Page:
A Sociolinguistic Investigation of Word Borrowing Patterns in Putin’s Russia
In this study, the focus is on the development of word borrowing patterns in the sociocultural climate of Putin’s Russia. In the 1990s, Russia was going through a period of infatuation with western cultures, politically aligning itself with the United States. Simultaneously, the Russian language adopted many loan words from American English (e.g., Ryzanova-Clarke, & Wade, 1999; Stakhnevich, 2003.) Today, the sociopolitical conditions are drastically different. In this project, I explore the longevity of the linguistic borrowings from the 1990s and identify new loanwords through the textual analysis of Russian print mass media. I examine the semantic domains of these borrowings from the standpoint of critical discourse analysis and investigate the loans’ morphological structure and their syntactical role(s). In my interpretation of the results, I rely on the notions from the critical theory to explicate the role of cross-linguistic borrowings in discourse and their connection to social change.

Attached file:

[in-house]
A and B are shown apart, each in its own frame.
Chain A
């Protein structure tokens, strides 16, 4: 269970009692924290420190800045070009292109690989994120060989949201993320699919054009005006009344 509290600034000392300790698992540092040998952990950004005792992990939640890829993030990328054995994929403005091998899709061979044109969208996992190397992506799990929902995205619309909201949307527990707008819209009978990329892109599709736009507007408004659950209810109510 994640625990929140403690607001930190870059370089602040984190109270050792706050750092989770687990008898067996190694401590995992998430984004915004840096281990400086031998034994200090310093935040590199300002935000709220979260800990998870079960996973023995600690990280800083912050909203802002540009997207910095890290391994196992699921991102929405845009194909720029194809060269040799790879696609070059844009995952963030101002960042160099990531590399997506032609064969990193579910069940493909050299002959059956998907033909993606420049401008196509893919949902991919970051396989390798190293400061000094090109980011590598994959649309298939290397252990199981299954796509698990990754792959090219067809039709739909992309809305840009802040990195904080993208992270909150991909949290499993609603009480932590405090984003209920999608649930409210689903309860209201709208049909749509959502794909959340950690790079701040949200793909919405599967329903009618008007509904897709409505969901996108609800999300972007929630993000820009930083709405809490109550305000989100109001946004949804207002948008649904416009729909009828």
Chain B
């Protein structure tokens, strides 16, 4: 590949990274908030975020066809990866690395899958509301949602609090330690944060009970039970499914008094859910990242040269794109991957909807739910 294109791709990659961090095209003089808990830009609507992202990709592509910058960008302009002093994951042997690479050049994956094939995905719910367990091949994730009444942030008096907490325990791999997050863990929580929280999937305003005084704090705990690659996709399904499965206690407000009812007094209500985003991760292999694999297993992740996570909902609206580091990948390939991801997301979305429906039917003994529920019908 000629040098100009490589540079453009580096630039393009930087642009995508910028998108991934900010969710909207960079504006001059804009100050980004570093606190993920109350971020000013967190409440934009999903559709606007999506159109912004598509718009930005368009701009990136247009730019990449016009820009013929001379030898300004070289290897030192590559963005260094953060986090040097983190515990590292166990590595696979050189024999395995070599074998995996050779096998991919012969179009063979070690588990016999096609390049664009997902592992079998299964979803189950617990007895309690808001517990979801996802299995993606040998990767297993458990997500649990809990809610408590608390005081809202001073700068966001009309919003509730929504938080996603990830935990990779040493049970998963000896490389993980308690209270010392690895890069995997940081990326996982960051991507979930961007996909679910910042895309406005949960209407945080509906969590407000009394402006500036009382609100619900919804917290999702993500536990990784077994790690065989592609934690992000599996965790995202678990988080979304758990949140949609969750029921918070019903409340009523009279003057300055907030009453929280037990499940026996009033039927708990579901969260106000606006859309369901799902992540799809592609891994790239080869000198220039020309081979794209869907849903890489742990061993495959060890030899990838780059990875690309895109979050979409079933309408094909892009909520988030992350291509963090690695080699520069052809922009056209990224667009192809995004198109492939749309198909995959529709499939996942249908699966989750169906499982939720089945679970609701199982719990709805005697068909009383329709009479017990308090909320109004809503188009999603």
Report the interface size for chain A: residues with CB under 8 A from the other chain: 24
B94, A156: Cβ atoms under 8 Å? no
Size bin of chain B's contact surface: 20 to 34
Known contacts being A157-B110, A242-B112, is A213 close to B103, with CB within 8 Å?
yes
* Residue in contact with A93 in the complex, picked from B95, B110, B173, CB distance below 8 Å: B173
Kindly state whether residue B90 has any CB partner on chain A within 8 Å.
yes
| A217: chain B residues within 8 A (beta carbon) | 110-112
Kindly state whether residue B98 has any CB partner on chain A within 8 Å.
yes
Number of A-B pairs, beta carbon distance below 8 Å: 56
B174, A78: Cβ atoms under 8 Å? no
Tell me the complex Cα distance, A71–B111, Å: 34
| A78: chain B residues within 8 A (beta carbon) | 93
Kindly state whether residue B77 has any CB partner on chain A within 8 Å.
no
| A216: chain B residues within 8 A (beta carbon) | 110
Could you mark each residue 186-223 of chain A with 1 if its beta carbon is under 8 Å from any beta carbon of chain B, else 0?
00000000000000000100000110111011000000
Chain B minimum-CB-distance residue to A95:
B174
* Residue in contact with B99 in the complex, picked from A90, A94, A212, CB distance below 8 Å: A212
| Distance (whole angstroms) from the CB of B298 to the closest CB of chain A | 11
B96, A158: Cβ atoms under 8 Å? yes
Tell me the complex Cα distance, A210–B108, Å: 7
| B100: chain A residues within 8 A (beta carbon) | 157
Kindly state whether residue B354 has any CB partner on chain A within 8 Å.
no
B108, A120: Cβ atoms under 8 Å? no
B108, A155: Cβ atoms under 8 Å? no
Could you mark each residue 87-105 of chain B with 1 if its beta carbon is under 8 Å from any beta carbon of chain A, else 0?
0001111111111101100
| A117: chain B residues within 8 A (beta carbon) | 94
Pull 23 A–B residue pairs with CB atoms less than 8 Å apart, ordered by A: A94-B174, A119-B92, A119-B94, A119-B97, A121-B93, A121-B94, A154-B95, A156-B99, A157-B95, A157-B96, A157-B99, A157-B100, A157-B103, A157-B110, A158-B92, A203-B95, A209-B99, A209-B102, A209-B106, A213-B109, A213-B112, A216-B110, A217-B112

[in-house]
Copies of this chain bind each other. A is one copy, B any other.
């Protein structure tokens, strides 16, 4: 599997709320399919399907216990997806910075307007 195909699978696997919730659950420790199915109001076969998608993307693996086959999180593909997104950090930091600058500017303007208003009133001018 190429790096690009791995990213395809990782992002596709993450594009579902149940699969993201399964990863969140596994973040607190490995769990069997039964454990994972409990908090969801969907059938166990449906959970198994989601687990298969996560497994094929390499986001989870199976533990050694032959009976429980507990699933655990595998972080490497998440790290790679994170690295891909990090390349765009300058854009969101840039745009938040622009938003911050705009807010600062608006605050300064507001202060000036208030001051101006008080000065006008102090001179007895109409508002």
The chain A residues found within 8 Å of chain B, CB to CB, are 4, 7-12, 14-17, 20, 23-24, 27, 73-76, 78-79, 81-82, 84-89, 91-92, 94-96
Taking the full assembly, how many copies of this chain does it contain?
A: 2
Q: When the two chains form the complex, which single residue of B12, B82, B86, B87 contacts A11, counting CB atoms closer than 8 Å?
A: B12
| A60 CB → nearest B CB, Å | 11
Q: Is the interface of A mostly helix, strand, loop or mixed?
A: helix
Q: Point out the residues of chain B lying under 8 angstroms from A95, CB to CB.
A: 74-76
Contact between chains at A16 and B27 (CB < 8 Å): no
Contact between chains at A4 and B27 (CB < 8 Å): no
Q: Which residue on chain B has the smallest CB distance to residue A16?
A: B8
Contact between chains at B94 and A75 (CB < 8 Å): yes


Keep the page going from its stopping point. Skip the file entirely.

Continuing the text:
Stakhnevich, Julia (2007). A Sociolinguistic Investigation of Word Borrowing Patterns in Putin’s Russia. CARS Small Grants. Item 35.
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